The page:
The Big Question: Should developers build on a 10-acre hilltop lot in South-by-Southward?

Craig, a 42-year-old Vancouver resident:

I am not too interested in making room for condominiums at the South-by-Southward site. The concept of a condo tower that doesn’t sit high on the hillside is very anachronistic. They don’t go well with the scale of South-by-Southeast and a development of this size will destroy the character of that neighborhood. They could more easily build the high-rise with access roads and sidewalks on the western side of the hillside. This would minimize impact and provide a visually enhancing part of the community.

Carol, a 61-year-old retiree from New York:

I’ve lived in the Capitol Hill neighborhood of Seattle for about half my life and I have nothing but admiration for the city. The estate of Boeing founder Bill Boeing, where the hilltop community of Bonner Hill is located, was purchased by him in 1942. Today there are dozens of high-rise condominium towers going up around the city. I can only guess that this park land was acquired around the time of purchase for the giant Boeing complex and that it was planned that way because it allowed it to be developed.

What I’d like to see is a community garden and a net-zero home with a minimal footprint. The development there would be carefully planned and built in harmony with its surroundings.

I could live anywhere in the country where I could not ruin a landscape or quickly drive through a meadow. But my gut feeling is that we should keep South-by-Southward as a green space and, in time, the only green land on the landscape with development such as condos and higher buildings.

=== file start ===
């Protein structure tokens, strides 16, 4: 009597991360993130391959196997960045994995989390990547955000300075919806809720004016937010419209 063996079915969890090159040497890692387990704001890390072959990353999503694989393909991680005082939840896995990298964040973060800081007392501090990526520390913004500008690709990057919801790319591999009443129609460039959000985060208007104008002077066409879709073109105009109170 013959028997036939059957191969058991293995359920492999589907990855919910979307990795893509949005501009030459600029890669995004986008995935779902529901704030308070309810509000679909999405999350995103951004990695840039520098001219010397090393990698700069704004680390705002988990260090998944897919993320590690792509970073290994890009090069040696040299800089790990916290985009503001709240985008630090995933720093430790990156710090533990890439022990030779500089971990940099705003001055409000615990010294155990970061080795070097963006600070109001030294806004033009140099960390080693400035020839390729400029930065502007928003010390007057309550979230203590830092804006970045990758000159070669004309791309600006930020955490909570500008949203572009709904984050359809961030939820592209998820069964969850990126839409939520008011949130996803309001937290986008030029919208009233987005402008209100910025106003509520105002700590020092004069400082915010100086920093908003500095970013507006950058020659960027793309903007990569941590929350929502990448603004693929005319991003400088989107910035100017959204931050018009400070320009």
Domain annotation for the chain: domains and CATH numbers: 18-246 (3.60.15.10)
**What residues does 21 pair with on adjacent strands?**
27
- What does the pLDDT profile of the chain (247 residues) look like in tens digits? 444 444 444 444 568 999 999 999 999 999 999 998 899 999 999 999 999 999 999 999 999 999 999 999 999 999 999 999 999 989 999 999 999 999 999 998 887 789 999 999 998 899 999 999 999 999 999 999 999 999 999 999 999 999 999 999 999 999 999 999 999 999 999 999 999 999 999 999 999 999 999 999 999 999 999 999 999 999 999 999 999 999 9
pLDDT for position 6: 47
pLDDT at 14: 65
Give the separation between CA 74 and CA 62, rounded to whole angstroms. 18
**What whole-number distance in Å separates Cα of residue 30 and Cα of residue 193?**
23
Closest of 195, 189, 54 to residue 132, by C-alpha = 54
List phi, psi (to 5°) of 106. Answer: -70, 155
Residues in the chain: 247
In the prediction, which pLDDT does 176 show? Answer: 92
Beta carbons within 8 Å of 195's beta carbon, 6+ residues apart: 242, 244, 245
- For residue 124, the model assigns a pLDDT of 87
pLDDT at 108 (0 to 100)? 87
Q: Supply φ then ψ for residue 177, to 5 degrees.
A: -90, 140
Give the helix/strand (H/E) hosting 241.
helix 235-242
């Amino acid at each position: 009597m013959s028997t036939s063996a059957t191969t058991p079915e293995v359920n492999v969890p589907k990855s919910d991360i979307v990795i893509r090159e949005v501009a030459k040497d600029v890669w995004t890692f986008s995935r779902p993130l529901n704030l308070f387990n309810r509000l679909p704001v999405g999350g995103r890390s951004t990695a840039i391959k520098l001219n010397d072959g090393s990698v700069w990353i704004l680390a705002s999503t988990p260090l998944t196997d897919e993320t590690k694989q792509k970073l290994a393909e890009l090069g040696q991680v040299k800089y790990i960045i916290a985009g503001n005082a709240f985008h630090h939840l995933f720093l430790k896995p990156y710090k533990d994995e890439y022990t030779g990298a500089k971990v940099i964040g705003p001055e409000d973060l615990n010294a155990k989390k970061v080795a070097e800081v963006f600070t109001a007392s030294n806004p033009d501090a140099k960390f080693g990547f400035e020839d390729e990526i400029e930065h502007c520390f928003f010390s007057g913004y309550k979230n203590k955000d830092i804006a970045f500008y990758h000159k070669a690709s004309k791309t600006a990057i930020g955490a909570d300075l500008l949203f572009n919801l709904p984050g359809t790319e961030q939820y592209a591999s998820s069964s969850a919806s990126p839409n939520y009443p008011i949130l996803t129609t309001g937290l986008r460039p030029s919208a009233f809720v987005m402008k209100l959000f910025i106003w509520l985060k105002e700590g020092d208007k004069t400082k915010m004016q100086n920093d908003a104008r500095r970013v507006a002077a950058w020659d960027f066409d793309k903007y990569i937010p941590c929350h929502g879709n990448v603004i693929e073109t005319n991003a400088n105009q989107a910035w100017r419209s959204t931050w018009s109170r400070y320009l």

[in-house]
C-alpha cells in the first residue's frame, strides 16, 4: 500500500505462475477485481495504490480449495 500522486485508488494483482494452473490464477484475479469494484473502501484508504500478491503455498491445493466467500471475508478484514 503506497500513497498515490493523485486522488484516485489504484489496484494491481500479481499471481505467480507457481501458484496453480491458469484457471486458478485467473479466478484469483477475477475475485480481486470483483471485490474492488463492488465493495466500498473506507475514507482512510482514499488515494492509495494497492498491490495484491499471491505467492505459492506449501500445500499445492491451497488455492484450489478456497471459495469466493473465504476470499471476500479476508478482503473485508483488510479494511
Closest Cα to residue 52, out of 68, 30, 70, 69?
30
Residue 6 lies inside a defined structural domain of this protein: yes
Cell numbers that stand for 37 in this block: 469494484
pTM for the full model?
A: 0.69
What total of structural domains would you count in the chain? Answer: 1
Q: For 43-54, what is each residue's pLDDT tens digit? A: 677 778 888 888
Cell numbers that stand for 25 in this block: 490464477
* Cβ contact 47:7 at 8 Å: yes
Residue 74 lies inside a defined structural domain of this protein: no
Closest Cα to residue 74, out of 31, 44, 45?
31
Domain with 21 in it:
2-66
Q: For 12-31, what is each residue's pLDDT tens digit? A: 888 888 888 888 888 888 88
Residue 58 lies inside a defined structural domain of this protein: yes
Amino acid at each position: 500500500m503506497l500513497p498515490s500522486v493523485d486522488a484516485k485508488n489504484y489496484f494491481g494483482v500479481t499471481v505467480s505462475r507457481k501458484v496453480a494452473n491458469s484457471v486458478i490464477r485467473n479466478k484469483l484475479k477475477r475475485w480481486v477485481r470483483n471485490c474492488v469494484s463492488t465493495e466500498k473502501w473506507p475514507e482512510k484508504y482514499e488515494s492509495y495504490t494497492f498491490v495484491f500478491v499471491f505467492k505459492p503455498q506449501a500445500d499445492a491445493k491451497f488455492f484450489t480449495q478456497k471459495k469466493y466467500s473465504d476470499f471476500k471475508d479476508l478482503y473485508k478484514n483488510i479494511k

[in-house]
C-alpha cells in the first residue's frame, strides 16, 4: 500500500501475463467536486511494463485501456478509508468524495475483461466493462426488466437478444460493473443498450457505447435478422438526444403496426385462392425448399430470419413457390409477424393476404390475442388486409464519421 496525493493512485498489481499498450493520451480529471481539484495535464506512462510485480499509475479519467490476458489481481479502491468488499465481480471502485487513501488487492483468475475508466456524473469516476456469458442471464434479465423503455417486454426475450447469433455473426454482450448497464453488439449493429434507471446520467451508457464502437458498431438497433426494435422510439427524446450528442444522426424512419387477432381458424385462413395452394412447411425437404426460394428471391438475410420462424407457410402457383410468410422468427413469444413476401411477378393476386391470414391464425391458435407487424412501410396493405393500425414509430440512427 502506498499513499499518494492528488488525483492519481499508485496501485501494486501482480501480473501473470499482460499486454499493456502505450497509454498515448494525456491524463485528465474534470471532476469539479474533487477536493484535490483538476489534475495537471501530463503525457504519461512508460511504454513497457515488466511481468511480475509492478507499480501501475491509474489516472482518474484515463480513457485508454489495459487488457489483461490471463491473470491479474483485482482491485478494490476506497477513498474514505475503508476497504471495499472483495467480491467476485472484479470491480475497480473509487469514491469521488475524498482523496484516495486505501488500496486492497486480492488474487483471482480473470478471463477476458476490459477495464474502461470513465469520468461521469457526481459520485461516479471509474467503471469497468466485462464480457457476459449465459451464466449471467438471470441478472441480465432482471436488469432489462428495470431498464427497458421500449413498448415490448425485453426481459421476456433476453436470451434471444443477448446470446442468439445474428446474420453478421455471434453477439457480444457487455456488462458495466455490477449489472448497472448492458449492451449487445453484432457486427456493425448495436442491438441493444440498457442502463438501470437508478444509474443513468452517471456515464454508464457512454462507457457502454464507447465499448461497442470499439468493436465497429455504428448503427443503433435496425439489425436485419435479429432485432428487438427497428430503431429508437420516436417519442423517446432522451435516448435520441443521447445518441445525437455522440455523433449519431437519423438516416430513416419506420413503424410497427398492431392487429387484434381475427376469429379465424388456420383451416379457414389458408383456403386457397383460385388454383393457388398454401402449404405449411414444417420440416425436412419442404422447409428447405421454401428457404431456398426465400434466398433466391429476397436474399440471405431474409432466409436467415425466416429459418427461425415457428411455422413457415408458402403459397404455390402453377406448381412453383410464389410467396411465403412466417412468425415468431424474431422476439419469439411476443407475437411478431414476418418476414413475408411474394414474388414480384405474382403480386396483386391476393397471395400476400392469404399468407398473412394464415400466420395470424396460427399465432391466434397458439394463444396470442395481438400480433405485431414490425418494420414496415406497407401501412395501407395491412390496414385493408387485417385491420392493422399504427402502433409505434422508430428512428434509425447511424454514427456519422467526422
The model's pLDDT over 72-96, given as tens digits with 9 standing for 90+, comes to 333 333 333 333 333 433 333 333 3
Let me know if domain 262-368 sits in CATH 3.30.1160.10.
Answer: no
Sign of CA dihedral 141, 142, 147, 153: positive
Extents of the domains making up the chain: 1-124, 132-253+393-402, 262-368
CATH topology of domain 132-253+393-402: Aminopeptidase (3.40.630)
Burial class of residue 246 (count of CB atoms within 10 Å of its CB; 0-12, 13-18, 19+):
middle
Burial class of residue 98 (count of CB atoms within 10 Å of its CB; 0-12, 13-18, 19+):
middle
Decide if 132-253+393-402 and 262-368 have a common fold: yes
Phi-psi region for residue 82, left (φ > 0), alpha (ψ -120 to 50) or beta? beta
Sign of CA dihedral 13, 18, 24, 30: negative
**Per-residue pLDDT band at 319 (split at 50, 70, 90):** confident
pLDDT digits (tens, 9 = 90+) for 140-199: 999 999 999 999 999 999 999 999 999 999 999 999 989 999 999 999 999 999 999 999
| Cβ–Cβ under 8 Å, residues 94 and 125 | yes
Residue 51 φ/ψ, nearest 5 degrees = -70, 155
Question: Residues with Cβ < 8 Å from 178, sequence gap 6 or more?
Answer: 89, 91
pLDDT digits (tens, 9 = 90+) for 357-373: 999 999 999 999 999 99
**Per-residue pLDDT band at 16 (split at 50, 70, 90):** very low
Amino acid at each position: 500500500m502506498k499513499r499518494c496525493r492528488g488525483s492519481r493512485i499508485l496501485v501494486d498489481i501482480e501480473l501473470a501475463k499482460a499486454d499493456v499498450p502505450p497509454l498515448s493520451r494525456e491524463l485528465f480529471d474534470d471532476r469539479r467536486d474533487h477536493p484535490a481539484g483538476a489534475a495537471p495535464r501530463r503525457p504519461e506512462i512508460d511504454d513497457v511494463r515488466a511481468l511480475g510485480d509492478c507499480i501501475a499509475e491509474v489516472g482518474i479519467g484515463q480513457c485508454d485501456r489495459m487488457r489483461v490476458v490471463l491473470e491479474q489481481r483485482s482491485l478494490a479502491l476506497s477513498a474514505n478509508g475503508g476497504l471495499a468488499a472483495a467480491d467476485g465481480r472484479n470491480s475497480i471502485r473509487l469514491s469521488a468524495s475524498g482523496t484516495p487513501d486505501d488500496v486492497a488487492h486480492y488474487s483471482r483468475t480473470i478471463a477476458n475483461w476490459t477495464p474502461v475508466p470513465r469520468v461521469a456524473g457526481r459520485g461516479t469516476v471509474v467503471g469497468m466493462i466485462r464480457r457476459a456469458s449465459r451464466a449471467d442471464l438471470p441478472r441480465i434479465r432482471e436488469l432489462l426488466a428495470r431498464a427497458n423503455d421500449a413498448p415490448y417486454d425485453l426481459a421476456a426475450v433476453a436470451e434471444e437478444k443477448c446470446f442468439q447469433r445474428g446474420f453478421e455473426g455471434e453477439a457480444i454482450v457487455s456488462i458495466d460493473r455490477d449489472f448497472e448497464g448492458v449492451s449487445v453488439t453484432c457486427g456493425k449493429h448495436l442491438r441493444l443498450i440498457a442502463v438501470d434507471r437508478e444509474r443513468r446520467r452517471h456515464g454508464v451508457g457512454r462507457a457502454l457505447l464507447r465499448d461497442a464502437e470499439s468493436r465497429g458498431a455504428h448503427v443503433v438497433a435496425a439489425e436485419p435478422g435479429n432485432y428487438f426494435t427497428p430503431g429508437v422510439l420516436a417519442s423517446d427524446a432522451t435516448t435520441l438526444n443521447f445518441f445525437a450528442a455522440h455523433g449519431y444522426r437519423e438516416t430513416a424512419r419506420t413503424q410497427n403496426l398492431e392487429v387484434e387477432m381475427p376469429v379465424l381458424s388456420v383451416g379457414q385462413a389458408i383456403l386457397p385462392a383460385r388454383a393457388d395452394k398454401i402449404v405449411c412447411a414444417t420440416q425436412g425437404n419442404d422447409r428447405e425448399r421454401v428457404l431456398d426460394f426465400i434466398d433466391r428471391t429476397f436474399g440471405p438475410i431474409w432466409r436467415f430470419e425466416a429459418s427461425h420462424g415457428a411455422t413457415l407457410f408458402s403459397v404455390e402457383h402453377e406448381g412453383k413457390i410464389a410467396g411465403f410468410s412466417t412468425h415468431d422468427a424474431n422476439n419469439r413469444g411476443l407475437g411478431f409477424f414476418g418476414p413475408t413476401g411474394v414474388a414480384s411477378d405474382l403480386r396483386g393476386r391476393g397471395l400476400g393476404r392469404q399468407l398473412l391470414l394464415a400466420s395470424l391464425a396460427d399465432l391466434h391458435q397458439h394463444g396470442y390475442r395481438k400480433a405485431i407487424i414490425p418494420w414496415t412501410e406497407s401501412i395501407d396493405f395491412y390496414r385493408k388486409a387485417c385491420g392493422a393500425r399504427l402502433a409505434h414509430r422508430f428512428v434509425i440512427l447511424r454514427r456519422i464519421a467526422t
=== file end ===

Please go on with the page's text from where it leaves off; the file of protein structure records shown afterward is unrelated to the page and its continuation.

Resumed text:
Nina, a 56-year-old from New York:

South-by-Southward will create more traffic and a more commercial area, that will not serve the Capitol Hill neighborhood in any meaningful way.

Will it be “bundled together” with other districts? Will there be activities as a “community space” or a “campground” for the kids? Will the owners of the new condos with condos have to pay to maintain it? Will it be transformed into a garage so we could get parking? Will the designers of the condo towers propose to build what they call, with reference to all-car properties, low-rise, predictable buildings that blend in with the surrounding environment?

The green space of South-by-Southward is at stake. The developer has already been renting out the parkland for outdoor movies and a big picnic to house the ghosts of the grunge music scene and other members of the city of Seattle who have ridden into the sunset into the glaring sun. This is precisely why I do not believe this parcel of land should be sold and used to further our warped notion of the linear lifestyle, which is the hallmark of the city of Seattle. I’d much rather see a larger green space restored there to fit well with the surrounding historical cityscape and San Juan Islands (a possibly nice getaway for those under 70 who lived in south-central Washington when those islands were hilly and musky) than seeing condos dotted everywhere.

Who can imagine the number of green spaces required in the city to make it all have parking and be dominated by big buildings and cars?

Readers discuss:

Malcolm, a former developer in San Diego:

It’s unclear to me how many condos this would actually add. However, considering the scope of the view and the number of houses already on that site, one can see the impact on the amount of green space. It’s not clear yet whether it would be a park with a playground or a green space with a camping area. It could be any combination of both.

We should remember that what makes green space a beautiful and desirable place to live is grass, trees, and water. People seeking to do something other than that are still in pursuit. The green space that will be preserved in our daily lives is both grass and water.

Jenna, a 26-year-old from Los Angeles:

This is all about building denser in the city and raising rents. And it’s about cash. Wealthy developers have discovered the soft spot for the high density and rooftops in cities. Having see it all first hand, I firmly believe that more expensive housing and higher rents will simply replace the middle class.

Leave a Comment